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"Controversial" MSHSL Draft Transgender Policy Really Shouldn't Be

An overflow crowd attended yesterday's hearing.

An overflow crowd attended yesterday's hearing.

Yesterday, the Minnesota State High School League held a hearing on the draft "Participation of Transgender Students" policy board members are set to vote on as soon as today.

As we wrote about in the context of an anti-transgender ad the Star Tribune ran last Sunday, the draft policy is controversial. It really shouldn't be, however, if you accept that being transgender is a fact of life that shouldn't result in a person being treated as a second-class citizen.

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Unfortunately, many people don't. With regard to yesterday's hearing, Fox 9 reports that "while there was a strong showing of support for the most recent version of the policy, there was an even stronger showing from parents and community members who are against it."

One concern seems to be along the lines of the worry raised by the Minnesota Child Protection League in its notorious ad -- "A male wants to shower besides your 14-year-old daughter. Are YOU ok with that?"

The fatal flaw with that reasoning, of course, is that the "male" the MCPL refers to is a transgender female -- or, simply put, a female. So, ironically, forcing a person of that sort to play on the boys team really does result in a situation where a male has to shower next to females.

Another concern is about competitive fairness. To grossly simplify, if LeBron James decided tomorrow he was a woman, wouldn't it be unfair to let him compete in the WNBA?

The MSHSL's draft policy tries to account for both of those worries with numerous levels of oversight. Under the terms of the policy, if a student athlete that was assigned the male gender at birth wants to compete as a female, her legal guardians are required to provide the following information to a school administrator or athletic director:


The administrator, with concerns about "fundamental fairness" in mind, then makes an "initial determination" about "the gender of the student" as far as school athletics are concerned.

If that decision isn't to the liking of the athlete and his or her guardians, they may appeal it, first to the student's school. If they lose there as well, they can appeal again to the Executive Director of the MSHSL, and ultimately to the MSHSL Board of Directors, which will consult with an Independent Hearing Officer before a final decision is made.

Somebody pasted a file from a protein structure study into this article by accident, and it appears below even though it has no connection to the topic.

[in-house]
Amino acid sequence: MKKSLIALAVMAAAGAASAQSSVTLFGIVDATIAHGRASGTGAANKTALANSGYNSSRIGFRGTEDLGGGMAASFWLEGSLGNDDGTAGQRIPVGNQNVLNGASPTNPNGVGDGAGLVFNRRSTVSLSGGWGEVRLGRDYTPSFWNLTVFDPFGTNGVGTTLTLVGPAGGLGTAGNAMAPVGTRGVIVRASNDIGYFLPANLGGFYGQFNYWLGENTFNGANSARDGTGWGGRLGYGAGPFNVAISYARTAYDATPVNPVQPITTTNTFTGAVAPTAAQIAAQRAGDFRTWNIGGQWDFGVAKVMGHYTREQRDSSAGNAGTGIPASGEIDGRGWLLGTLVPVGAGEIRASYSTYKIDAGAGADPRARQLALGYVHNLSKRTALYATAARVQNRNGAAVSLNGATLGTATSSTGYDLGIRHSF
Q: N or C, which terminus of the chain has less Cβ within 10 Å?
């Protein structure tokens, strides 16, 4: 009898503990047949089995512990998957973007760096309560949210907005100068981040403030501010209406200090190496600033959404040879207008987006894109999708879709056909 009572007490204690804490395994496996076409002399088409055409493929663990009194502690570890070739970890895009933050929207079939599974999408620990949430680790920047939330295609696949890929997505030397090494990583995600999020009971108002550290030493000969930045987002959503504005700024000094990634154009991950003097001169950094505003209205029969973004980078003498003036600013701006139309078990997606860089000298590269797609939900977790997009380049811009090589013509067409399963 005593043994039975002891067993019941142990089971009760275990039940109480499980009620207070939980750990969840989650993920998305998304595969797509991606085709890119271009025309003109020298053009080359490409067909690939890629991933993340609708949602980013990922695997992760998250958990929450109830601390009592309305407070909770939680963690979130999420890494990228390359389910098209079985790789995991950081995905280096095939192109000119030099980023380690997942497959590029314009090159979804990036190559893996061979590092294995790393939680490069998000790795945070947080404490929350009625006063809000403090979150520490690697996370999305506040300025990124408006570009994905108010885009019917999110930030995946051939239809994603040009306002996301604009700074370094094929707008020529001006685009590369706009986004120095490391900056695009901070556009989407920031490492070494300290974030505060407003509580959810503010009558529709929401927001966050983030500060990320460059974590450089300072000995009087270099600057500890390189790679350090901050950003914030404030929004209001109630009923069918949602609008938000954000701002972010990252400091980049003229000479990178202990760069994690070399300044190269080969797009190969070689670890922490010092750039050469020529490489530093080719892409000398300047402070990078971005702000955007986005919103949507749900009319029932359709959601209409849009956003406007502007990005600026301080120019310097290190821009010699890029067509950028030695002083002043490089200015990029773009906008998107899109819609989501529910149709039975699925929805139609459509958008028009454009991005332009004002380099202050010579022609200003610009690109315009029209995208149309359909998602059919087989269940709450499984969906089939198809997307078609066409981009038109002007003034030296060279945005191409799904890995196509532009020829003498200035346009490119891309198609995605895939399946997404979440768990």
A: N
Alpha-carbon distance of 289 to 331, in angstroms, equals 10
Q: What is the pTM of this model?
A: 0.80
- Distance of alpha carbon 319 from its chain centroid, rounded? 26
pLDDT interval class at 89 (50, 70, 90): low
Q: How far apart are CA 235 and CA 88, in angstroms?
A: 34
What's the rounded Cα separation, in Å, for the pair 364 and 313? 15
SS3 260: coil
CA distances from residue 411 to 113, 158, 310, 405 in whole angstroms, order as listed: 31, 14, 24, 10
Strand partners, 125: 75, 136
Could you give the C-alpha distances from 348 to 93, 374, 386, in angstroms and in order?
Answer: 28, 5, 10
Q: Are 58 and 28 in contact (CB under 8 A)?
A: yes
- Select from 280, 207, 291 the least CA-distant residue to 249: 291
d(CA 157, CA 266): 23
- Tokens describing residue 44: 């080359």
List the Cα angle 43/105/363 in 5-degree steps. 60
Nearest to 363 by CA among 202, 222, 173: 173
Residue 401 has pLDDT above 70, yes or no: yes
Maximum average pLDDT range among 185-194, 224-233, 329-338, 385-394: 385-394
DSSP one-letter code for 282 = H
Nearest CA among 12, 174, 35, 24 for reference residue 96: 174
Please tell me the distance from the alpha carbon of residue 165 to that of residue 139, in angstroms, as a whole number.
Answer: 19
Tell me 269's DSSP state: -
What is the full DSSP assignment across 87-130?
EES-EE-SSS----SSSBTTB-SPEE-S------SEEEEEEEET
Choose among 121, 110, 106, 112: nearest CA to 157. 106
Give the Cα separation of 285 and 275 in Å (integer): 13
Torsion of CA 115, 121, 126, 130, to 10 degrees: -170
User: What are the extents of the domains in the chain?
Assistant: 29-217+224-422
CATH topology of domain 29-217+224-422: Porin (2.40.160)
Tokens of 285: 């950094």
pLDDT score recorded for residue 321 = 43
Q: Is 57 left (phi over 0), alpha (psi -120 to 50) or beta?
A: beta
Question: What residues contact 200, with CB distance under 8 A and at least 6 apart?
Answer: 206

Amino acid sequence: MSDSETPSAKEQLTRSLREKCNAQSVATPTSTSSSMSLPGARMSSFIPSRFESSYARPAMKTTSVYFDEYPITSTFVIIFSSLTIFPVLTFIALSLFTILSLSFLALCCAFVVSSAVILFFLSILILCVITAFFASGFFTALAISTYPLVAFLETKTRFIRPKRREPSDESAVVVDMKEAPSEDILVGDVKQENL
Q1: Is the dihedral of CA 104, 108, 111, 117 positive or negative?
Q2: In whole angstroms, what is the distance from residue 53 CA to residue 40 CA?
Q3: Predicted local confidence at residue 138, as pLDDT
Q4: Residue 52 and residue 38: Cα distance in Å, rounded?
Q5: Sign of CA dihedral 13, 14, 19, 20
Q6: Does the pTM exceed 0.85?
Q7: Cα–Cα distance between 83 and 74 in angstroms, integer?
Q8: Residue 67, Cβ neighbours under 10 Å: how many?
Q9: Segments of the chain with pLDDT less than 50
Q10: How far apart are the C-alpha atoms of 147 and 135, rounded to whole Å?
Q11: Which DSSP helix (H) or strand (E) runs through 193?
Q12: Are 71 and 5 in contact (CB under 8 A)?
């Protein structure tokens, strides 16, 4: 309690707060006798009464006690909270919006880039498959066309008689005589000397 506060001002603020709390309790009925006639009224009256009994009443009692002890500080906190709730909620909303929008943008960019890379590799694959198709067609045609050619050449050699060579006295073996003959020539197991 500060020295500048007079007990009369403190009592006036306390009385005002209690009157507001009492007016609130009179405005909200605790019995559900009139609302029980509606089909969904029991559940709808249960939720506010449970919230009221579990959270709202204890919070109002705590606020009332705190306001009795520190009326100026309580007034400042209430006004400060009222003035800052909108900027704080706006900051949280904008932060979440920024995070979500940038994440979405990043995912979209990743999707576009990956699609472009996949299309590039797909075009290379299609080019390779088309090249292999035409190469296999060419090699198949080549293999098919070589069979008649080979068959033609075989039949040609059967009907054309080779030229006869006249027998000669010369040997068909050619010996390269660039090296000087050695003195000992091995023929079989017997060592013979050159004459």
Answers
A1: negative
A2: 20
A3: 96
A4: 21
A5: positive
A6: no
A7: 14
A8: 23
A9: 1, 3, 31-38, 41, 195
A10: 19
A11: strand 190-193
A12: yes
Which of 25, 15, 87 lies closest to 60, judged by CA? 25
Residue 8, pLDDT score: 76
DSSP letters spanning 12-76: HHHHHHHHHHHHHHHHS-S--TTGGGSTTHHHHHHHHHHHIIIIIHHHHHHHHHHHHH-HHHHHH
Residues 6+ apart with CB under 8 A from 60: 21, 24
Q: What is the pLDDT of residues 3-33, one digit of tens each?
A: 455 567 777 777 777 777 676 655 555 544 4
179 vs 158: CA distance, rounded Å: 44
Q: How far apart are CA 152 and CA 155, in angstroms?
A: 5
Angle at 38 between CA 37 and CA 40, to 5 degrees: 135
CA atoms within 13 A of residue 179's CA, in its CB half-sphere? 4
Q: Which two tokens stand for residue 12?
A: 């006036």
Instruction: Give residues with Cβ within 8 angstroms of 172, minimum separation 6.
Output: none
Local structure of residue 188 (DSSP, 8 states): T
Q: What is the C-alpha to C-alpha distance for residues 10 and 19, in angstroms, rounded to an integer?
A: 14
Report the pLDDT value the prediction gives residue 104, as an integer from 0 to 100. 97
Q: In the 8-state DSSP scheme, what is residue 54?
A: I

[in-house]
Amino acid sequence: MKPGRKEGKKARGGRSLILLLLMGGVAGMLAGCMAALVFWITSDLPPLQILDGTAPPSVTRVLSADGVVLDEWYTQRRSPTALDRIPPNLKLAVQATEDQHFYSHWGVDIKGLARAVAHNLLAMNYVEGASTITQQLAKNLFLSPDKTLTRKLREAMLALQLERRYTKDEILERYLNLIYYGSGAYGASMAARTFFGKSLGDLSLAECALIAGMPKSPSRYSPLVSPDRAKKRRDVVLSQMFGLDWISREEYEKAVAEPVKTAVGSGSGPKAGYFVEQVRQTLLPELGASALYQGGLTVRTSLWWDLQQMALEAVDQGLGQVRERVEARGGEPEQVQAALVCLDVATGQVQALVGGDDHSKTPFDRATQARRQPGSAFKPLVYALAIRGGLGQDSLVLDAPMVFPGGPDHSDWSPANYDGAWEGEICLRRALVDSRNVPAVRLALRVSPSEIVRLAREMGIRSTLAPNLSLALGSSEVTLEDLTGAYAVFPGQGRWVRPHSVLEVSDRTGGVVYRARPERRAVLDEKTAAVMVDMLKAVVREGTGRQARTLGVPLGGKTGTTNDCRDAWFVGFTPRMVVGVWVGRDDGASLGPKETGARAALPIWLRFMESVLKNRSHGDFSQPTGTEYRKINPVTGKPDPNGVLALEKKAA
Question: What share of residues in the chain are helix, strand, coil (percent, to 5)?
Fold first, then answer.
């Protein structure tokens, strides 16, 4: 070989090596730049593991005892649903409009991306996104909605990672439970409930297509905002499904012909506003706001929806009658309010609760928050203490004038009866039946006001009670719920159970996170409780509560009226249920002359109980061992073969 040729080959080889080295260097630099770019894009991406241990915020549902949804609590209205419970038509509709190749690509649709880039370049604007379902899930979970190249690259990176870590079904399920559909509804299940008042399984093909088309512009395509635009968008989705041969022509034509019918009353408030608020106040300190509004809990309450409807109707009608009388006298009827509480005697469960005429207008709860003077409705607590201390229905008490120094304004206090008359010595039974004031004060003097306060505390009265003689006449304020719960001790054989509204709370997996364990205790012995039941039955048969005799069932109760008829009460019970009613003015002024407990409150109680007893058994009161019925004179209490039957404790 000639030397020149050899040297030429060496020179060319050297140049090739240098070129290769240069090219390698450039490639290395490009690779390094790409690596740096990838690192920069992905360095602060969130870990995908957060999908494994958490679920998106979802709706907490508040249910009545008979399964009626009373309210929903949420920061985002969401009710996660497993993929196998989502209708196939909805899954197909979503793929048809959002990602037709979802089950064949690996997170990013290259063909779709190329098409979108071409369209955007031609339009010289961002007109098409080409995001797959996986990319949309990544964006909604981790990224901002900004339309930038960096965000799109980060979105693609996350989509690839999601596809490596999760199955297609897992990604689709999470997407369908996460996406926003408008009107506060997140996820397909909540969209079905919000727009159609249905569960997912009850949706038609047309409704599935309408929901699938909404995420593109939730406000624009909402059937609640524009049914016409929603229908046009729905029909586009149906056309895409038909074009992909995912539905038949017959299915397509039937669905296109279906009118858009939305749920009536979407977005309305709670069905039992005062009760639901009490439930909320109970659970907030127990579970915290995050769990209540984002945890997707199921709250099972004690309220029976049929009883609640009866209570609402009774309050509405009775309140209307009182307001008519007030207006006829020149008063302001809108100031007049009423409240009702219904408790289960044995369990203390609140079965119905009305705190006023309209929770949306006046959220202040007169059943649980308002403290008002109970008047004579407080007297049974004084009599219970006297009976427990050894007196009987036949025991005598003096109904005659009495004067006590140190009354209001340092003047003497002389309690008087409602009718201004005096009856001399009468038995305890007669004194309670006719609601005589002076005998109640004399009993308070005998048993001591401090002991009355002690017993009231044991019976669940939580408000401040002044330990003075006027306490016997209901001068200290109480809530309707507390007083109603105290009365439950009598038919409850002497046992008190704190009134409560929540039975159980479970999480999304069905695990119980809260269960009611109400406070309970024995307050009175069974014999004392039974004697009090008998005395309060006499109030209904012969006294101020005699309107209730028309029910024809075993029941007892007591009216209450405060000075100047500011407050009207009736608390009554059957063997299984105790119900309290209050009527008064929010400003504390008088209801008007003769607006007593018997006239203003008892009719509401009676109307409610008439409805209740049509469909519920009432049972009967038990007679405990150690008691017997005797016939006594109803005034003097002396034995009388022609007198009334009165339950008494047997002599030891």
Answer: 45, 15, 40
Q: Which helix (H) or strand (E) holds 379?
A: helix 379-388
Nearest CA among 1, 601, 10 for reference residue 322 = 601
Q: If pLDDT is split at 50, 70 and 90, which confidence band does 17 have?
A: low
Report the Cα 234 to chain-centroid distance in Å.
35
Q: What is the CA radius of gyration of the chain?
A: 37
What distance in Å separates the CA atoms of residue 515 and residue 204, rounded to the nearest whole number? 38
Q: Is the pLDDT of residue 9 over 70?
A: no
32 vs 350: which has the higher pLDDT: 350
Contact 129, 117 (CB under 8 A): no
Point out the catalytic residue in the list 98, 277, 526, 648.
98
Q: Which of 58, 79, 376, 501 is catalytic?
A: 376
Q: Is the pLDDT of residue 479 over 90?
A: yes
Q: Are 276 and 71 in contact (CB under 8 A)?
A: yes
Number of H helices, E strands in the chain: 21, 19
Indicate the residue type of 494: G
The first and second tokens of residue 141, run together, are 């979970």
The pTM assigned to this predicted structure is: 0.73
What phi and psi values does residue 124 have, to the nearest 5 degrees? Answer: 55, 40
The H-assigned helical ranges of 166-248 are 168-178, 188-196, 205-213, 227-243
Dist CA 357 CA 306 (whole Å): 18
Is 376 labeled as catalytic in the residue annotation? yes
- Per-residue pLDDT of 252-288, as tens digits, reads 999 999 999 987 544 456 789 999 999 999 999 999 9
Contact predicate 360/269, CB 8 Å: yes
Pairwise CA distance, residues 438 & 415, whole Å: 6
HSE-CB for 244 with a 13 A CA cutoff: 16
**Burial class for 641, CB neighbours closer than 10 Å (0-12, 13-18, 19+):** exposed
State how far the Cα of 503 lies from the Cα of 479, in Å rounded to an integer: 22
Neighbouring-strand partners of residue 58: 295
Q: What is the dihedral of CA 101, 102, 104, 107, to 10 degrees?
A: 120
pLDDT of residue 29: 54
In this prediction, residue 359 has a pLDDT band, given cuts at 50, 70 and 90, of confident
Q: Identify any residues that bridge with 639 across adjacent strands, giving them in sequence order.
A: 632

To prevent a LeBron-playing-in-the-WNBA situation, it might be ideal for the MSHSL's policy to include language about an appeals process for schools competing against transgender athletes, if they think another school's determination about an athlete's gender identity has put them at a competitive disadvantage. But hopefully administrators are responsible enough not to abuse their power by exploiting the MSHSL's policy toward that end.

Monica Meyer, executive director of OutFront Minnesota, was at yesterday's hearing and tells us she thinks the draft policy "is a good step in the right direction."

(For more, click to page two.)

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"You have the high school league stating really explicitly that they want to make sure that athletics are inclusive and provide a safe and supportive environment to participate," she says. "It's really important for transgender students to know that the high school league is making sure there's not discrimination."

Asked why she thinks Minnesota has been slow to implement a transgender policy for school athletics -- 32 states, including a number regarded as more culturally conservative, already have policies on the books -- Meyer says she's not totally sure, but opined that the anti-bullying bill signed into law last year might've "prompted a conversation by the high school league looking at the issue... there wasn't anything in place."

"We're just hearing from a lot more parents of young trans people in general trying to make sure that their kids have a really good school experience, really have all the protections they need to be safe and supported," she adds. "We've been noticing a huge uptick in the young transgender people we've been working with in general."

The aforementioned Fox 9 report about yesterday's hearing contains this moving passage of testimony offered up by a young transgender male who wants to play basketball:
"I love basketball. Do not take basketball away from me. I'm not going to play on the female team. Just acknowledge that, please... Just acknowledge me as a human being; acknowledge me as a team player; acknowledge me as a student," Zean Porter pleaded. "I'm here. This is hurtful. This is painful. Hard. This is so hard."
It seems entirely reasonable for the MSHSL to implement a policy so that situations like Porter's can be dealt with in a fair way, doesn't it? But regrettably, groups like the Minnesota Child Protection League apparently view discussion about the proposed transgender policy as little more than an opportunity rehash discredited arguments about how gays and transgender people are living deviant lifestyles.

To read the draft policy for yourself, click to page three.

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MSHSL Trans Policy



Send your story tips to the author, Aaron Rupar. Follow him on Twitter @atrupar.